Mr. Levy's views on some key issues—he favors across-the-board teacher pay raises while Mr. Giuliani favors merit-based raises, for instance—are at odds with those of the outspoken mayor.

Already, stories abound about Mr. Levy's direct style. He ordered janitors to clean up trash at the district's Bronx headquarters. He slashed 30 volumes of ancient chancellor's regulations down to nine. His most common words to his top staff at meetings: "Do it."

But colleagues note that he reaches out to a wide variety of people for advice and entertains even his opponents' views with respect. He smashed the hierarchical wall insulating the chancellor from front-line personnel, inviting the district's 1,100 principals by e-mail to share their thoughts on how things are going—an invitation accepted by hundreds.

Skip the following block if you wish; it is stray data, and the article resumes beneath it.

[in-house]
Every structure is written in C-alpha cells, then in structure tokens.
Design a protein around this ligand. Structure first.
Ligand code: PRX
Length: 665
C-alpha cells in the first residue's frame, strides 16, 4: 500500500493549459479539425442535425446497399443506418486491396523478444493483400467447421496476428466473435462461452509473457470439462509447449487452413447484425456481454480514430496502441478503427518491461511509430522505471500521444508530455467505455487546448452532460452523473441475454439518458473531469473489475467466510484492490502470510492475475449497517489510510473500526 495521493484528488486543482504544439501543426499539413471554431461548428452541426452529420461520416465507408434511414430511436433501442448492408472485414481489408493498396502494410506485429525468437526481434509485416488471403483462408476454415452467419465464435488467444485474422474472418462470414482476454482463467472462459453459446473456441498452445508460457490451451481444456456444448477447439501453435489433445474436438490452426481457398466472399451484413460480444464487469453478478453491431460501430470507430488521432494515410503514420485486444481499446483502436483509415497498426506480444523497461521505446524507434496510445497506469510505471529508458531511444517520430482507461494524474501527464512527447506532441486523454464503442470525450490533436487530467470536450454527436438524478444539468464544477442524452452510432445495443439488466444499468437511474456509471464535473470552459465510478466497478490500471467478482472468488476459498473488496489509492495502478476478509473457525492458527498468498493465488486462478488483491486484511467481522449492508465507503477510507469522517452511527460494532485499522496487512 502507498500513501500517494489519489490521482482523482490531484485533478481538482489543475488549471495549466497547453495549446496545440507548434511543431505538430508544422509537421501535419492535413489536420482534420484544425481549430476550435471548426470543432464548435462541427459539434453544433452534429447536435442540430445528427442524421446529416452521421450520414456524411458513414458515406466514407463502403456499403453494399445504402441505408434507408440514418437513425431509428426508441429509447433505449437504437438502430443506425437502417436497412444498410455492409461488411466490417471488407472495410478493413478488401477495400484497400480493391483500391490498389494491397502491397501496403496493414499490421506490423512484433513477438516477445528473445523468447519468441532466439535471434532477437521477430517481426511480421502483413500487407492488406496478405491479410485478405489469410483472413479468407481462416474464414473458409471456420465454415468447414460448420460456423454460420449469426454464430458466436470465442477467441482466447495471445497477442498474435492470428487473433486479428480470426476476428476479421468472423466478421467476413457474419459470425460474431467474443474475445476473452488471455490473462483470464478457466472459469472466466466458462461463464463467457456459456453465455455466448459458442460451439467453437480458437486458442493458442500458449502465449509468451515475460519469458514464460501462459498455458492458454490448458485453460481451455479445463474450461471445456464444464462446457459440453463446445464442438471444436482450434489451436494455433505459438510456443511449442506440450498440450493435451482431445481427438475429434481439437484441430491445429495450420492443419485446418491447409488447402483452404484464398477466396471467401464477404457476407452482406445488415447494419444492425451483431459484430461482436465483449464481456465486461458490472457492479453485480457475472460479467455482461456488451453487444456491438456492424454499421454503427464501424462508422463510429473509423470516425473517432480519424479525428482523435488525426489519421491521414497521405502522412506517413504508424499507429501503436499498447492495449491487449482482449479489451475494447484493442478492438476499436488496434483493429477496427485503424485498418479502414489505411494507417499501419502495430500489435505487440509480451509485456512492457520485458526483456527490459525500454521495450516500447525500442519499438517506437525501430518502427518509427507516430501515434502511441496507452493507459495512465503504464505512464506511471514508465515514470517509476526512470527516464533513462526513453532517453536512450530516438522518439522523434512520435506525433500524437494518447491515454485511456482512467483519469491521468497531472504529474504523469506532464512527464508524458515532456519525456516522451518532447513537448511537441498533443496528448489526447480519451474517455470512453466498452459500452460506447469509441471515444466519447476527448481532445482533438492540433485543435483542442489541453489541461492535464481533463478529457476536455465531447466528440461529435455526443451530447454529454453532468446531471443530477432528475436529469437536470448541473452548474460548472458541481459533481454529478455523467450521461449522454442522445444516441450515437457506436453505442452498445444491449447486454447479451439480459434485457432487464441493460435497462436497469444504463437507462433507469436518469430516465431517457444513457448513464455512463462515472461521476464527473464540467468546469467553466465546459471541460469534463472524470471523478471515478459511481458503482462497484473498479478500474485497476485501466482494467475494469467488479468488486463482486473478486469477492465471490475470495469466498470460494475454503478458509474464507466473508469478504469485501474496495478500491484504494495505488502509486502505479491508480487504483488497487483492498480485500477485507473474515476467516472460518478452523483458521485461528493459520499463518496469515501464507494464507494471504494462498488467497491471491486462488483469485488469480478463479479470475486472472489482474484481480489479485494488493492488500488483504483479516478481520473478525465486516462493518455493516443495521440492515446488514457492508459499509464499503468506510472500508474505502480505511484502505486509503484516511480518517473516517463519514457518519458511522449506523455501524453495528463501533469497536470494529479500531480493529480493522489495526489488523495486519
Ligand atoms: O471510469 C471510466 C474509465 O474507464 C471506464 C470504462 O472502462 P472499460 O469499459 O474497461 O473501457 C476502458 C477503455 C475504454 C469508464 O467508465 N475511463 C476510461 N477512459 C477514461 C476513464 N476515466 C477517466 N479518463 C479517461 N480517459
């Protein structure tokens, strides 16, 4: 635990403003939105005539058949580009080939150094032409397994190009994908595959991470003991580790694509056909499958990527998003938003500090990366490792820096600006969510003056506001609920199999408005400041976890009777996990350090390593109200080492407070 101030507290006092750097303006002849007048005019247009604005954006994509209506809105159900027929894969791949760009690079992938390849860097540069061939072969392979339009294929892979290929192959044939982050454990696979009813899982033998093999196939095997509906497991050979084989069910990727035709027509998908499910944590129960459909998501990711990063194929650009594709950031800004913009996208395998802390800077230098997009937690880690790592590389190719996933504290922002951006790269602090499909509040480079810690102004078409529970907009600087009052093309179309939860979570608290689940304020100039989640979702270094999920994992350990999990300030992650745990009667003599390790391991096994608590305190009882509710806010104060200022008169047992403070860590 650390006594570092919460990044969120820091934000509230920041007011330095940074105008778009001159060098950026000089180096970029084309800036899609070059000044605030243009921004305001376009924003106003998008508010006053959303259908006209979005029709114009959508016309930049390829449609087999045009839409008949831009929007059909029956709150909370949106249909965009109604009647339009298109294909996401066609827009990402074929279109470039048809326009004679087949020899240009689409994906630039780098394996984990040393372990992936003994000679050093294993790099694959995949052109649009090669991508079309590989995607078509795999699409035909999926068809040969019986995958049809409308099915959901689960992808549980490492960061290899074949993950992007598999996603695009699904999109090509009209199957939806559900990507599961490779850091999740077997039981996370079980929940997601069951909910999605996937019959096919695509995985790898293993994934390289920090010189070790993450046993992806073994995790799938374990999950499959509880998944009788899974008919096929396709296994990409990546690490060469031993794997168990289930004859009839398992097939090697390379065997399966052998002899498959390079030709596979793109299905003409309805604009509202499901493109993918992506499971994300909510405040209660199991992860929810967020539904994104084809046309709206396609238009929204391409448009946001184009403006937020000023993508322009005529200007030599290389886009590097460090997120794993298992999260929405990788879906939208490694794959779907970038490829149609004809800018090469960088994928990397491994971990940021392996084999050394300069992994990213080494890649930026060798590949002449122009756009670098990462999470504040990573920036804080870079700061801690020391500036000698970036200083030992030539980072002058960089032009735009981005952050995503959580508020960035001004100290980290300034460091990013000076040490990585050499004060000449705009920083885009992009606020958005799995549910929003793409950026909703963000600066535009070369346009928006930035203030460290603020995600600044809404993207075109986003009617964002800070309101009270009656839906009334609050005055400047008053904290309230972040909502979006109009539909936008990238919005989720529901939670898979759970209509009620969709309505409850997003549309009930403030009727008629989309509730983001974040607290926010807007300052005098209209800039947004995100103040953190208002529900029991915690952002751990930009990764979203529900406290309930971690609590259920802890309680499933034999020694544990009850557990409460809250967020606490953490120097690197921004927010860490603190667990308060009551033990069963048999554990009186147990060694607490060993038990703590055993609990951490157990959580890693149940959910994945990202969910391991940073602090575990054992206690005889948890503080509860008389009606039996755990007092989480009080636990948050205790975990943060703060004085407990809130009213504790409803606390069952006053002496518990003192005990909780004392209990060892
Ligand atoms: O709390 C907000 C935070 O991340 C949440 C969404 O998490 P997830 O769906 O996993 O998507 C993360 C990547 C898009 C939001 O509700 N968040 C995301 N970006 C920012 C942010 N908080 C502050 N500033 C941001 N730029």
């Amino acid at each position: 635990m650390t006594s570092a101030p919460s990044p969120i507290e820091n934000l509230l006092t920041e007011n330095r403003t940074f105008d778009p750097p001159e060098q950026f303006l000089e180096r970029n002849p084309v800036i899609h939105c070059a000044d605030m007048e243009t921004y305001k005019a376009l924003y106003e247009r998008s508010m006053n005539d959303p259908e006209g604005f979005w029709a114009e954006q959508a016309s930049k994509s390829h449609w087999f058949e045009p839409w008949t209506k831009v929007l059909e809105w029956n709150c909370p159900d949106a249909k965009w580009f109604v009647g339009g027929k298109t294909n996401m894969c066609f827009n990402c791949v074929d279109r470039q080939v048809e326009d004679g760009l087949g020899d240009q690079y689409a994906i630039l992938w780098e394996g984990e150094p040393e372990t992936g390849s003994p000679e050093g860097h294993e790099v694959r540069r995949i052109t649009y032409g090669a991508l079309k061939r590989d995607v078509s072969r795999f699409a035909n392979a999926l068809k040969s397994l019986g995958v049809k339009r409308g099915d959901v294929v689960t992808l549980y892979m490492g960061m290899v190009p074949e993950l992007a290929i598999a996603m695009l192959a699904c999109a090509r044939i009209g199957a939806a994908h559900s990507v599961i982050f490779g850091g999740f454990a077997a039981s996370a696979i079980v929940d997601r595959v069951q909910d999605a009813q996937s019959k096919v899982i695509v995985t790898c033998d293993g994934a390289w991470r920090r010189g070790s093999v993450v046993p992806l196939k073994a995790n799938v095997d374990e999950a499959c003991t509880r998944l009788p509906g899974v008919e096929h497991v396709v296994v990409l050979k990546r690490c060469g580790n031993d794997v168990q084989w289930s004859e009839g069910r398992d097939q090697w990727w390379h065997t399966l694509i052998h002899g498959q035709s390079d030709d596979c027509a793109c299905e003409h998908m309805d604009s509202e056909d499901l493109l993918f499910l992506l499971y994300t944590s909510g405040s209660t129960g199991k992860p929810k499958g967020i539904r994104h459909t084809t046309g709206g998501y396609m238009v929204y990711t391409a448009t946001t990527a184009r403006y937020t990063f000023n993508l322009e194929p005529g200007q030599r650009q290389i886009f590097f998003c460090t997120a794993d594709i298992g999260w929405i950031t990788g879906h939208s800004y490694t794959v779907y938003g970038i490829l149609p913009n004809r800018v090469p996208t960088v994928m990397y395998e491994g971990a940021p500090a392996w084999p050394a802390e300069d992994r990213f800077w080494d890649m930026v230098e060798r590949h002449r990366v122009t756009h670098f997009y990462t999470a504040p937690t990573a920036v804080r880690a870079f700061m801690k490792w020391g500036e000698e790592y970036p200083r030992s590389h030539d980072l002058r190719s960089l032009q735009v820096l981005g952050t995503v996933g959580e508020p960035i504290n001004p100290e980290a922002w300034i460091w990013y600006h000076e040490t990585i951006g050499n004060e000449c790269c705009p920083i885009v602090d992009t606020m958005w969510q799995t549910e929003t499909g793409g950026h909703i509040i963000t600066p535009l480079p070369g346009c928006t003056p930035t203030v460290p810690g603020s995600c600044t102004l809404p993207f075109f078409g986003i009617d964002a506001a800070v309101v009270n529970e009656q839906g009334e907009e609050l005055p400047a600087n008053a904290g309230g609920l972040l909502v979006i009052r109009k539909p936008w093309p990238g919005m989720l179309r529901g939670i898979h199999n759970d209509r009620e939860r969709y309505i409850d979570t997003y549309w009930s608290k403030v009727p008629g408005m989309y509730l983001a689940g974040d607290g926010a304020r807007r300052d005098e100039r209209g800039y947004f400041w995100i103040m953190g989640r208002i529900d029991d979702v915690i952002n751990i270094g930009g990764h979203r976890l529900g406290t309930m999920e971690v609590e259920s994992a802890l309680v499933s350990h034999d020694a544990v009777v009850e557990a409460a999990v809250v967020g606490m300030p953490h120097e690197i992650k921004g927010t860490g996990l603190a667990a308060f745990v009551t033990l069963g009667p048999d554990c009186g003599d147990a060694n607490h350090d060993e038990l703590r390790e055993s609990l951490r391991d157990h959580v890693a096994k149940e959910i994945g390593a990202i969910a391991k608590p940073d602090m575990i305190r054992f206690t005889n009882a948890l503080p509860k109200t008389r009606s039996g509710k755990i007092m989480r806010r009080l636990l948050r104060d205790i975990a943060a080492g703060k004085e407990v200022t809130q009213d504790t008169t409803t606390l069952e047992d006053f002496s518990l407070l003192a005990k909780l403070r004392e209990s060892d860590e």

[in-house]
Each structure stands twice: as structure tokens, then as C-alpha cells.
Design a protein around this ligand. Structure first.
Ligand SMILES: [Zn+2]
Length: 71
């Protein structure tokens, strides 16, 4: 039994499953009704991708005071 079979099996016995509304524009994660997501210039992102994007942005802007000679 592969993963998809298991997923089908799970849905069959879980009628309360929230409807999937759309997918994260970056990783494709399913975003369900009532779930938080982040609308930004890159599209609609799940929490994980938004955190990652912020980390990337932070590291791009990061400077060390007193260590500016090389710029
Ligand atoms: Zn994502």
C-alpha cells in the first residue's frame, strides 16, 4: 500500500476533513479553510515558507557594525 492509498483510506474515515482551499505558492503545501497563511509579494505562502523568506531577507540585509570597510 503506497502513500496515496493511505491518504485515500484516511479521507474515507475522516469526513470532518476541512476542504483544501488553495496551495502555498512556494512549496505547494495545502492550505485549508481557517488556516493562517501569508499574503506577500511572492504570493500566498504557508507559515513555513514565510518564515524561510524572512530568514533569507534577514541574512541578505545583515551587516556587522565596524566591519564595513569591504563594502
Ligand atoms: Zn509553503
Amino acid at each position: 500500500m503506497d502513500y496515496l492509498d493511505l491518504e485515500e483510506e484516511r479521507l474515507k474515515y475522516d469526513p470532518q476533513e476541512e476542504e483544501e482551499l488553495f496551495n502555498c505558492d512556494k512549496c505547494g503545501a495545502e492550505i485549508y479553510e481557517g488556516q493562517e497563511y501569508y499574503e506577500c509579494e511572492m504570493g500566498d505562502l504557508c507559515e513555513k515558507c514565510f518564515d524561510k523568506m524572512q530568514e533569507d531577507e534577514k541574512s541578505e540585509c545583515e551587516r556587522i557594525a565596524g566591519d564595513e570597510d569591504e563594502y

Watercolors and Poetry

He met with education historian Diane Ravitch, soliciting her views on what the schools need, only hours after an essay she had written, critical of the district's summer school plans, appeared in The New York Times. Even now, their exchange continues via e-mail.

"I found him refreshingly candid, open to new ideas and not defensive," said Ms. Ravitch, a professor at New York University. "That's not what you usually expect from people in his position."

On the Board of Regents, Mr. Levy was known as a consensus-builder. "He is a problem-solver. He doesn't allow himself to get trapped in the unimportant," said a fellow regent, Merryl Tisch. "But he is always very polite and very decent. He always thinks in terms of the high road."